Reasons Contributing To Face Death In Plato's Crito

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Plato’s Crito takes place in the jail cell of Socrates, who is wrongfully committed for a crime and is subjected to death. Socrates friends, including Crito, formulate a plan to bribe the guard overlooking Socrates and help him escape in order to give him a peaceful life in exile. Yet, Socrates objects to all of these actions and chooses to face death for many valid reasons. Socrates does not take a stance about whether escaping looks good or bad, instead he lets other people decide whether it is good or bad, for it reflects on them and not on Socrates. Socrates views escaping his unjust punishment as wrongful due to his gratitude, consistency, and loyalty to the laws and order of the government. The reasoning behind Socrates’ friends trying to persuade him to escape are validated through their arguments. First, the friends are worried about the opinions of others for it could look like the friends did nothing to try and help Socrates in this situation. For instance, Crito states that it’s not only a disaster that he will lose an exceptional friend like Socrates, but that Crito will “appear to most people, who don’t know you and me well, not to care- since I could’ve saved you” (pg 105). Although Crito and the rest…show more content…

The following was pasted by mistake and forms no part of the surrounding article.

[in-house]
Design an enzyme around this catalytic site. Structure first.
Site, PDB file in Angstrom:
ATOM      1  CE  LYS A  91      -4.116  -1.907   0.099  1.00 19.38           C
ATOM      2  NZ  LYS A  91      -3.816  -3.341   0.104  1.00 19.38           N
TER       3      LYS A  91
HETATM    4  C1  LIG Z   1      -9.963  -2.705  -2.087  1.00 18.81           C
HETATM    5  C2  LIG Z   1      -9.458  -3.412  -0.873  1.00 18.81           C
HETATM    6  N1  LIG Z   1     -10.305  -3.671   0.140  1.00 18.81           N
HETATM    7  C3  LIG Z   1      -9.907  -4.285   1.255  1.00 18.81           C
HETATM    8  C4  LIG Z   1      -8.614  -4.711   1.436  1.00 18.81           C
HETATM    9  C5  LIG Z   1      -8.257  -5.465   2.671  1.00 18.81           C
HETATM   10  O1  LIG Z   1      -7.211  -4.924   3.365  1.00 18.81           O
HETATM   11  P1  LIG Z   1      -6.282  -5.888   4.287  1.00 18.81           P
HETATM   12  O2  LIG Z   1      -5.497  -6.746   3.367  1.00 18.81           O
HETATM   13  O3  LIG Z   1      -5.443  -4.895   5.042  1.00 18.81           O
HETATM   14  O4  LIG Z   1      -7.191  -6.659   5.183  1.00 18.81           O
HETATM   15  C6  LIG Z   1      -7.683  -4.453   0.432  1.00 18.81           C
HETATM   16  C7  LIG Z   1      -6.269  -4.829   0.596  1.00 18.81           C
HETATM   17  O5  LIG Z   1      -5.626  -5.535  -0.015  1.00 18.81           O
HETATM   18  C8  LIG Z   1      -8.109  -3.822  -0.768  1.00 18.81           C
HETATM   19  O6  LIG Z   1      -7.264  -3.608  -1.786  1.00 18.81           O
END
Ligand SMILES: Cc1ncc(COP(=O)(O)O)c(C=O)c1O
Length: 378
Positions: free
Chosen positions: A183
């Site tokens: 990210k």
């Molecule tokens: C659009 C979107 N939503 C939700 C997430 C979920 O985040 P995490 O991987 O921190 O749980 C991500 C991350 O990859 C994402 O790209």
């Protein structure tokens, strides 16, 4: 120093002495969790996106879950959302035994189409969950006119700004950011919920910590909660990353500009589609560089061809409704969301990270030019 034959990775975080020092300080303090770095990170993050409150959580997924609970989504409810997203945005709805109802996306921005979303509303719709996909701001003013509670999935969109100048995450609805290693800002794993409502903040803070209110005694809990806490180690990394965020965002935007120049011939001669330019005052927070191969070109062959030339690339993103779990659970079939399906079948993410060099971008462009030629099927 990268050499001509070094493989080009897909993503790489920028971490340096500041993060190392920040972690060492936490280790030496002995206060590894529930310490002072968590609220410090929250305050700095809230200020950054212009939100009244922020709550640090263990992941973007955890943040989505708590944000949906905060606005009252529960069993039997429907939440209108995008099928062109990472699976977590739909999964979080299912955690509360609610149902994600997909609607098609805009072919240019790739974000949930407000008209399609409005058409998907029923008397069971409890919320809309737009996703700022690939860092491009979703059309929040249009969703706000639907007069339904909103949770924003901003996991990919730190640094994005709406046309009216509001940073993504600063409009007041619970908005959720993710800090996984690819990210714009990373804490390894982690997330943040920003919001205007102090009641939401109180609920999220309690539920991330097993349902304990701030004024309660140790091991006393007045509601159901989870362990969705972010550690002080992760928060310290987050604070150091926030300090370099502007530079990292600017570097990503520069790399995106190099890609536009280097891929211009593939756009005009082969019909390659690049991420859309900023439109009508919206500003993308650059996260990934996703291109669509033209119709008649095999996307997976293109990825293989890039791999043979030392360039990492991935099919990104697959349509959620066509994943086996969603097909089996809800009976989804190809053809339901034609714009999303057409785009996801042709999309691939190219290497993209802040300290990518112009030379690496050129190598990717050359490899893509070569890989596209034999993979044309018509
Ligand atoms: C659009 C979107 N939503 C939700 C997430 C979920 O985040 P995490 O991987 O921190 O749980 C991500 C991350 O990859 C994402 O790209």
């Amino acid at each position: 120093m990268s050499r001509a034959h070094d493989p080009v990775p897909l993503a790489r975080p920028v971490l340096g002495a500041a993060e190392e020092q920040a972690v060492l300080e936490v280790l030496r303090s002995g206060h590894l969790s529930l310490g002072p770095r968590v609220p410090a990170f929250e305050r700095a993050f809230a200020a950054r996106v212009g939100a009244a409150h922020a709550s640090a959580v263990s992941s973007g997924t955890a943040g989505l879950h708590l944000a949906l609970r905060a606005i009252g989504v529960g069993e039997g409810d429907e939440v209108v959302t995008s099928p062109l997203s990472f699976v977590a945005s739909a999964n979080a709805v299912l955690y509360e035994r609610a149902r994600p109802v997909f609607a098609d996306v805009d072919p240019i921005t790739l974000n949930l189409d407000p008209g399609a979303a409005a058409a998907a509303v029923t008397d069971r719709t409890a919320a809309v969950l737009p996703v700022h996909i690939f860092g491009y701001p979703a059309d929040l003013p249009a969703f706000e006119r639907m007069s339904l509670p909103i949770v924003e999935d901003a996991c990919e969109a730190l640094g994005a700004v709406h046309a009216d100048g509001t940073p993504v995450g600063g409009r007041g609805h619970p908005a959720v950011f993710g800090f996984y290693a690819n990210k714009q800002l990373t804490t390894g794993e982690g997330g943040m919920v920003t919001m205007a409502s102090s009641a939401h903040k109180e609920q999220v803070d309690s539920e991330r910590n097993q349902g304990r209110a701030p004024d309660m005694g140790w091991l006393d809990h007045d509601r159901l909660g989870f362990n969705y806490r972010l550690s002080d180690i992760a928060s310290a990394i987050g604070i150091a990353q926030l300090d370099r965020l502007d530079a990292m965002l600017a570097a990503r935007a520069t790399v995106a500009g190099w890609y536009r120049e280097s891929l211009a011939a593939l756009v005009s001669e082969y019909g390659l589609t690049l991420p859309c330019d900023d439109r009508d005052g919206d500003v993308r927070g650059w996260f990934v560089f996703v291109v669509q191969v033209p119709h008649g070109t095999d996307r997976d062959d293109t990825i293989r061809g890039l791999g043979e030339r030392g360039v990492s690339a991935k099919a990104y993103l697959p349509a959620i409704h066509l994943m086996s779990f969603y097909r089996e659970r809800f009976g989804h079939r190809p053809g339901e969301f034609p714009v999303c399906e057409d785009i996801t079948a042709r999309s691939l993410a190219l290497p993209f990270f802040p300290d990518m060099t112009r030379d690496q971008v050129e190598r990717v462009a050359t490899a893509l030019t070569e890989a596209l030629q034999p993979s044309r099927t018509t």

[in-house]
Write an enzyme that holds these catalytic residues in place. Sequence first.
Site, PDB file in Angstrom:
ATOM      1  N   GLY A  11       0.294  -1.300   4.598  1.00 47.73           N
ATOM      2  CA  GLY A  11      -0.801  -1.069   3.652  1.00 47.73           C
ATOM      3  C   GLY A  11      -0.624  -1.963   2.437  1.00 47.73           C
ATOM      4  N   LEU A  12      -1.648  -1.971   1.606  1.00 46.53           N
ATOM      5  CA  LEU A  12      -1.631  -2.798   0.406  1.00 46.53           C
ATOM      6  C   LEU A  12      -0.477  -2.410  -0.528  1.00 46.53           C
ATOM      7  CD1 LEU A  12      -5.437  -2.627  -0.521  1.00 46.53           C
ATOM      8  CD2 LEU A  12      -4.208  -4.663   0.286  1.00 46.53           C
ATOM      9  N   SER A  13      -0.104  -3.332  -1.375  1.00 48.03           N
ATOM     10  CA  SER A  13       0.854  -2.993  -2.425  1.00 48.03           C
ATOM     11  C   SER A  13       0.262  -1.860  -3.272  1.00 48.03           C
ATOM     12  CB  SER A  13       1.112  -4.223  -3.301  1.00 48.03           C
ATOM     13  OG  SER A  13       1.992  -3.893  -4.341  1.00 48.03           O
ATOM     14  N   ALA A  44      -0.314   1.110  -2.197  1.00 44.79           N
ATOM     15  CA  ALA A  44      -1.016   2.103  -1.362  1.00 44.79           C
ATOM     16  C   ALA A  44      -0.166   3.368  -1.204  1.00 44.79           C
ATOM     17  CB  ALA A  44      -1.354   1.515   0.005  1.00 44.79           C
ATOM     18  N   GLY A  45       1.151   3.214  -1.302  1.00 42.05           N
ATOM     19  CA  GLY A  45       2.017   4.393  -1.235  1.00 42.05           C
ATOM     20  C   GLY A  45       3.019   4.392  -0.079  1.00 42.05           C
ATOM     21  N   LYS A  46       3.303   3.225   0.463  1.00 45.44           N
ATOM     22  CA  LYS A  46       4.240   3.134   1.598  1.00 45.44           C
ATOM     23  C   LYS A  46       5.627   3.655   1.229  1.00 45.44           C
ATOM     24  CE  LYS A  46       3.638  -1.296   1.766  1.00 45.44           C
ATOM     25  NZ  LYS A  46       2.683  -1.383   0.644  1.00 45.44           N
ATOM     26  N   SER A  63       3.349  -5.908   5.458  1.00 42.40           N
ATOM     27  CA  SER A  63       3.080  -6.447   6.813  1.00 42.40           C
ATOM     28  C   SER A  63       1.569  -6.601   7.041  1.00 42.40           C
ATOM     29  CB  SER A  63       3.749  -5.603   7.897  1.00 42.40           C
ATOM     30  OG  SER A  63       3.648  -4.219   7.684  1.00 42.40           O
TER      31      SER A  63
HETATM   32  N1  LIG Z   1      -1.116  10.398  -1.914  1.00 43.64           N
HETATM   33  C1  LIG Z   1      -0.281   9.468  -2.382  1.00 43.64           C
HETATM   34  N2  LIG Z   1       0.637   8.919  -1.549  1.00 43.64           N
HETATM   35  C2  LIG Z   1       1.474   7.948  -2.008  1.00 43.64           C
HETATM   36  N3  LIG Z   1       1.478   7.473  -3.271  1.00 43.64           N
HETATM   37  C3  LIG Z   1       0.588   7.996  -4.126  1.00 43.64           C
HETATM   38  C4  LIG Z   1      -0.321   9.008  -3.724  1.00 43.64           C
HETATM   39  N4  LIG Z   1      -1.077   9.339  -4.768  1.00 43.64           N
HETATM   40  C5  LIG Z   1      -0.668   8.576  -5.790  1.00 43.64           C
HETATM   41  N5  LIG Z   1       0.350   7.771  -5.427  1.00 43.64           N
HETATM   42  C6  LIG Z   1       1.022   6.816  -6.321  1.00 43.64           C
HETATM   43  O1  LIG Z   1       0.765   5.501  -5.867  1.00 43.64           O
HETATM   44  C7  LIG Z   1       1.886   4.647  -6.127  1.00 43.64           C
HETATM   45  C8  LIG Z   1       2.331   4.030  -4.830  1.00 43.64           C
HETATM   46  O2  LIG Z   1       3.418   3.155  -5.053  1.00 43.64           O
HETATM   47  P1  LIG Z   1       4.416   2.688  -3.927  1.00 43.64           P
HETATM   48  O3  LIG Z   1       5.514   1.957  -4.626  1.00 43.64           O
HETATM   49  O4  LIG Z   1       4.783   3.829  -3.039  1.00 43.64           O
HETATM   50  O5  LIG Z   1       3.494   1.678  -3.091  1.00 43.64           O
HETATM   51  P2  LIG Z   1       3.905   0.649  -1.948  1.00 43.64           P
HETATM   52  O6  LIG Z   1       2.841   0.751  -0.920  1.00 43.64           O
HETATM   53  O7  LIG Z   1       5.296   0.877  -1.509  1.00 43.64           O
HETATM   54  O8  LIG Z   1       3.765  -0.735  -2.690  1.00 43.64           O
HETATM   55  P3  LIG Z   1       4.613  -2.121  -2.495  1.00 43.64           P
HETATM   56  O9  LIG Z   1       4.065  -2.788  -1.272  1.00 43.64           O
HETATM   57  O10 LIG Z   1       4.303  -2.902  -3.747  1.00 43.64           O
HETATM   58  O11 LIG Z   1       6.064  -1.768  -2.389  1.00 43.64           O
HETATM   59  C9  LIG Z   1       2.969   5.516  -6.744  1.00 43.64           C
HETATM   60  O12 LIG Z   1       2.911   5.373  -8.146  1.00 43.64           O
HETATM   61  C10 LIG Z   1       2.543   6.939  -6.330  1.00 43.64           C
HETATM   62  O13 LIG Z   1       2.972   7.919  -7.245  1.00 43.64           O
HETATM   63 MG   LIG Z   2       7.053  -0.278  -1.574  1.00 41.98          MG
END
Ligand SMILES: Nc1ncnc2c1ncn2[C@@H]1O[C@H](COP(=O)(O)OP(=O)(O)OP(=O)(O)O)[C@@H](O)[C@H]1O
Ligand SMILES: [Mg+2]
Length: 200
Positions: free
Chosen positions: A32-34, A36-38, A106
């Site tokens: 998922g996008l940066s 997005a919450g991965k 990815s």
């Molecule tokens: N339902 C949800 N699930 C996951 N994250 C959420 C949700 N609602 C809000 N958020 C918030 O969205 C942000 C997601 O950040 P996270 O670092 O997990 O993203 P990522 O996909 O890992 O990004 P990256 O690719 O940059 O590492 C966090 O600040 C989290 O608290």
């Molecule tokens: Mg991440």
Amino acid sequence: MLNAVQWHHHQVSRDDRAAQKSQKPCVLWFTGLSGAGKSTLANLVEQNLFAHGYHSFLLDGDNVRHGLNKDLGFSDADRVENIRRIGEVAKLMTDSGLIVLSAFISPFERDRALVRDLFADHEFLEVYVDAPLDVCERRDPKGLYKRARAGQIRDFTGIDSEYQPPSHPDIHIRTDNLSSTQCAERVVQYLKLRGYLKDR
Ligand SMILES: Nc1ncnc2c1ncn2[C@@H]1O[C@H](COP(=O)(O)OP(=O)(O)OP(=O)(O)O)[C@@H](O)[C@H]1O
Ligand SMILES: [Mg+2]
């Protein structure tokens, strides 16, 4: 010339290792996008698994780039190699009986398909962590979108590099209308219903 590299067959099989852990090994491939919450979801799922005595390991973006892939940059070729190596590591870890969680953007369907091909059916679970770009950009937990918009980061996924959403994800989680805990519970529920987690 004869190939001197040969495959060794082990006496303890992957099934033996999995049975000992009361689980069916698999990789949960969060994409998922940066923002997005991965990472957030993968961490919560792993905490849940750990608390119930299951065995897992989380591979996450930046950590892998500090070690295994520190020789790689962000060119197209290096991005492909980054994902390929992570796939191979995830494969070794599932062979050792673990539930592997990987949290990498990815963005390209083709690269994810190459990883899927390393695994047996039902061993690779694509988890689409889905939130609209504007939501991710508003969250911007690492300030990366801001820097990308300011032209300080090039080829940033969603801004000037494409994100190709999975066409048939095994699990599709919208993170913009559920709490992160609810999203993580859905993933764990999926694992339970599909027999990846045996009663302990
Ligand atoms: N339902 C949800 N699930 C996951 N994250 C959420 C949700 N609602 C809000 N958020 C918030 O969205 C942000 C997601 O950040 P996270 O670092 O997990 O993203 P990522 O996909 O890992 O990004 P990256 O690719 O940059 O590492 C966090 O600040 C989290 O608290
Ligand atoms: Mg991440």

Socrates was placed in prison by the unjust laws of his accusers. Yet, after Socrates’ sentencing, he obeys the laws of staying imprisoned and is determined to not escape. Also, he does not commit bribery to the guard. In a way, the laws are both good and bad in Plato’s Crito. The laws, or in fact the accusers, unjustly put Socrates in prison and did not give him a fair trial, instead chose to execute. The laws are suppose to protect the society and its people, yet when the order of the government turns corrupt, then the validity of everything is at stake. As one can see, the corrupt laws placed Socrates in prison and he chose to abide by the impartial laws in order to be consistent and loyal to the
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